The Bandwagon Effect

Written by Ryan Goldade
Edited by Cornelius Suen
Photography by Alan Ng



The recent playoff success of our home team, Vancouver Canucks, has left us with an interesting case study. What exactly is the bandwagon effect? Who does it include? Why does it happen? And finally, is it really as bad of a thing as the true fans make it out to be?

For those that were born and raised in this city, we’ve seen the highs and lows of the Vancouver Canucks. Being 25 years old, I am old enough to distinctly remember our last shot at the cup in 1994. The entire city went crazy, for better and for worse. I still remember footage on the news of the riot that took place the night that we lost to the New York Rangers in game seven of the Stanley Cup Final. That year was a huge moment in Canucks history, but the years following the 1994 run were rather forgettable. The mid-90s proved to be a difficult time for the team as they were rebuilding. This rebuilding process is when the team trades their aging star players for draft picks in hopes that they can build young talent and eventually have another contender. The problem with this process is that the rebuilding means losing games. It’s just unavoidable as the young talent is learning and improving but the team doesn’t just lose games, it loses fans.

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Our beloved Canucks experienced this in the mid-80s and 90s, but those days seem long gone. There are a few exceptions to the rule of rebuilding and losing fans. The Toronto Maple Leafs are often lampooned by Vancouverites as a losing team but you wouldn’t know it by the strength of its fan base. They might not win often but they always sell out.

Fast forward to this year’s season, the Canucks won the President’s Trophy and (at the time of this article) one win away from the Stanley Cup… and the bandwagon has long been running low on space. The bandwagoners are considered by true fans as “fair weather” fans – a.k.a those that only support when the going is good and drop the team at any sign of adversity. It is a frustrating thing for the true fan because they’ve invested emotional support for the team through thick and thin while the bandwagoner puts down the team at any sign of weakness. We’ve all heard the cries to trade Luongo.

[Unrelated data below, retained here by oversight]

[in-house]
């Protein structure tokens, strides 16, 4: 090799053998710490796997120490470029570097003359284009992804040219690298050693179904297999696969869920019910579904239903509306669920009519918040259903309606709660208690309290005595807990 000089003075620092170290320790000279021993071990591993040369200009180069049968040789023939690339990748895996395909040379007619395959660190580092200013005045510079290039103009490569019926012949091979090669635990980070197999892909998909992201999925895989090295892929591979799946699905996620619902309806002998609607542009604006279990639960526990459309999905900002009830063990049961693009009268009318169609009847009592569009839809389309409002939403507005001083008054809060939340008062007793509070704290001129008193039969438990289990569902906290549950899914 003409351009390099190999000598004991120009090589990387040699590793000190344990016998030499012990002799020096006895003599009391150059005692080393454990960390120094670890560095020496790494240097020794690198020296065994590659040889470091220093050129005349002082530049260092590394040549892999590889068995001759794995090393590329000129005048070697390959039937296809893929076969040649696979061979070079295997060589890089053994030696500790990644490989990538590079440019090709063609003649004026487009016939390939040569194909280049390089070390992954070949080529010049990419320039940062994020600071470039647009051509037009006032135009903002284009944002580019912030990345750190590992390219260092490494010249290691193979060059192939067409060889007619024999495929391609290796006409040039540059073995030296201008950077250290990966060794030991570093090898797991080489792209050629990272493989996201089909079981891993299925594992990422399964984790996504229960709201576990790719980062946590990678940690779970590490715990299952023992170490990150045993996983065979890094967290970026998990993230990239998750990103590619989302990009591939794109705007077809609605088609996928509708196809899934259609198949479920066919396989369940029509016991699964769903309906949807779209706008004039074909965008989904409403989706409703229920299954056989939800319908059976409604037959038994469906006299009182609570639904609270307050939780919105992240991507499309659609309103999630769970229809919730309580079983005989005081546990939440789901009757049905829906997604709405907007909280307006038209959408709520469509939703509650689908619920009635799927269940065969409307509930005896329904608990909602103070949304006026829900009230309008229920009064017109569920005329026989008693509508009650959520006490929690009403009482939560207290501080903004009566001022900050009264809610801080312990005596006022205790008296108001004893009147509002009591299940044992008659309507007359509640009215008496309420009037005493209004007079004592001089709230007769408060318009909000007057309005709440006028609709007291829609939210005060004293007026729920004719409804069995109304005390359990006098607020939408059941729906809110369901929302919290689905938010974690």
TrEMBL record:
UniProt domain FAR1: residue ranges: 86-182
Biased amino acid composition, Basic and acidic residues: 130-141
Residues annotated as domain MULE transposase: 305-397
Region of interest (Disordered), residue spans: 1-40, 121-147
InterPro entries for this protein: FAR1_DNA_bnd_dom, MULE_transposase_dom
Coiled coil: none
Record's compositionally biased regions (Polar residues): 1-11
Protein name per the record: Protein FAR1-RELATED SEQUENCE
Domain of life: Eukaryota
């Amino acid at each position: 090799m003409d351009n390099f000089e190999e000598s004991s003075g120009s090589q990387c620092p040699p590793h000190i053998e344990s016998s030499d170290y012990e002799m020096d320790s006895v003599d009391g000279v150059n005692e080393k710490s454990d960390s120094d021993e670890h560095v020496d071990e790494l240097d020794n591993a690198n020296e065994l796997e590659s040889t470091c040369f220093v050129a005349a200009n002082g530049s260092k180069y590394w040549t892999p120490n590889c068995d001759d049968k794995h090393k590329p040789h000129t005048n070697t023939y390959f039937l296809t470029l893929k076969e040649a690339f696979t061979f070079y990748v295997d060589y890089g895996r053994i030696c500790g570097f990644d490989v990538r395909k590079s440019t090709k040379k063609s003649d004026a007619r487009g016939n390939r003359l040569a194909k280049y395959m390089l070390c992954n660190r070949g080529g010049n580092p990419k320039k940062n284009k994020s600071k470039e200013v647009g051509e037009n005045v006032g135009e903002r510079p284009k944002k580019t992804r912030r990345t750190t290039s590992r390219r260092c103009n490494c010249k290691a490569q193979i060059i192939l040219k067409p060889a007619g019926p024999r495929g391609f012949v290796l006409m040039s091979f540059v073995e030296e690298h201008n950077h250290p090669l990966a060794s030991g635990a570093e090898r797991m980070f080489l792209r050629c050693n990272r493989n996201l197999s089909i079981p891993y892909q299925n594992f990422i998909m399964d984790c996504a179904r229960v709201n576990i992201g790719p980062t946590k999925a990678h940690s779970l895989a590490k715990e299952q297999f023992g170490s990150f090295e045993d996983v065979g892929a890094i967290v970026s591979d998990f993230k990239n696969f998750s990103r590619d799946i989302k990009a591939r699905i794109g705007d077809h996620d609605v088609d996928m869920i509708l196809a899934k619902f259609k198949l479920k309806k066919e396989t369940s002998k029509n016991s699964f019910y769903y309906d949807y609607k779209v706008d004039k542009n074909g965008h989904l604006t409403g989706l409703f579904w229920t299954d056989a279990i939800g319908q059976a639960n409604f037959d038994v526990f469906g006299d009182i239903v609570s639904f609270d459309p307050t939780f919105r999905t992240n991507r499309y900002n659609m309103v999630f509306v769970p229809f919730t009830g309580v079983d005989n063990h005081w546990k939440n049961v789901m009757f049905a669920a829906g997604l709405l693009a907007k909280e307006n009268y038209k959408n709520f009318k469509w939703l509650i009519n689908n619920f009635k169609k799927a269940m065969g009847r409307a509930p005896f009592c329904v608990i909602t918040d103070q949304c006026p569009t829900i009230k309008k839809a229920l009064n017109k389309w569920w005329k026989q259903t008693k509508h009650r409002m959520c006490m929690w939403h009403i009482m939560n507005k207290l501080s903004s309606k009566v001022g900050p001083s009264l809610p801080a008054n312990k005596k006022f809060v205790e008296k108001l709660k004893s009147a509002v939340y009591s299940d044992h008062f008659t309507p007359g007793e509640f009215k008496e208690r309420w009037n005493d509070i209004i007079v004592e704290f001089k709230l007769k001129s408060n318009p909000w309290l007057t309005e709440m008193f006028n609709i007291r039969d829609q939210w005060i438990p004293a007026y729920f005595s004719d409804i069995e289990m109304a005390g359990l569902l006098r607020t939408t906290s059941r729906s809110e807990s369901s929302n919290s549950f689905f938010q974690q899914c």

The easiest way to explain the bandwagon fan is some who is just joining a trend. The city buzzing and everything right now is about hockey, if you want to fit in right now, knowing something about the team is the best way. This is also another source of frustration for the true fan because the bandwagoner starts giving advice about the team when they clearly don’t know what they’re talking about. In all honesty, everyone is a critic so nobody is really right or wrong, but not knowing the history of the team somehow makes the new fan’s advice null and void.

I’m a true fan. I know all the players, I know their stats… and probably most of the players on the other teams too. Why? Because I love hockey but I also love to see so many people in this city becoming excited about hockey too. I think it’s great to have so many bandwagon fans. People don’t become true fans over night; they start on the bandwagon and slowly convert over time. There is no better example of this than looking at how diverse the fan base is in this city. The fans in this city come from all different backgrounds, it’s not just a white Canadian sport anymore. How did this happen? It started with new immigrant children growing up watching hockey because their Canadian friends watched hockey. These children passed it on to their parents, and now we have just about everyone in this city experiencing hockey fever. Is the bandwagon fan really that bad if it means more and more people are learning to appreciate and love hockey? I’m willing to take trade.


Bandwagon Effect

Bandwagon Effect

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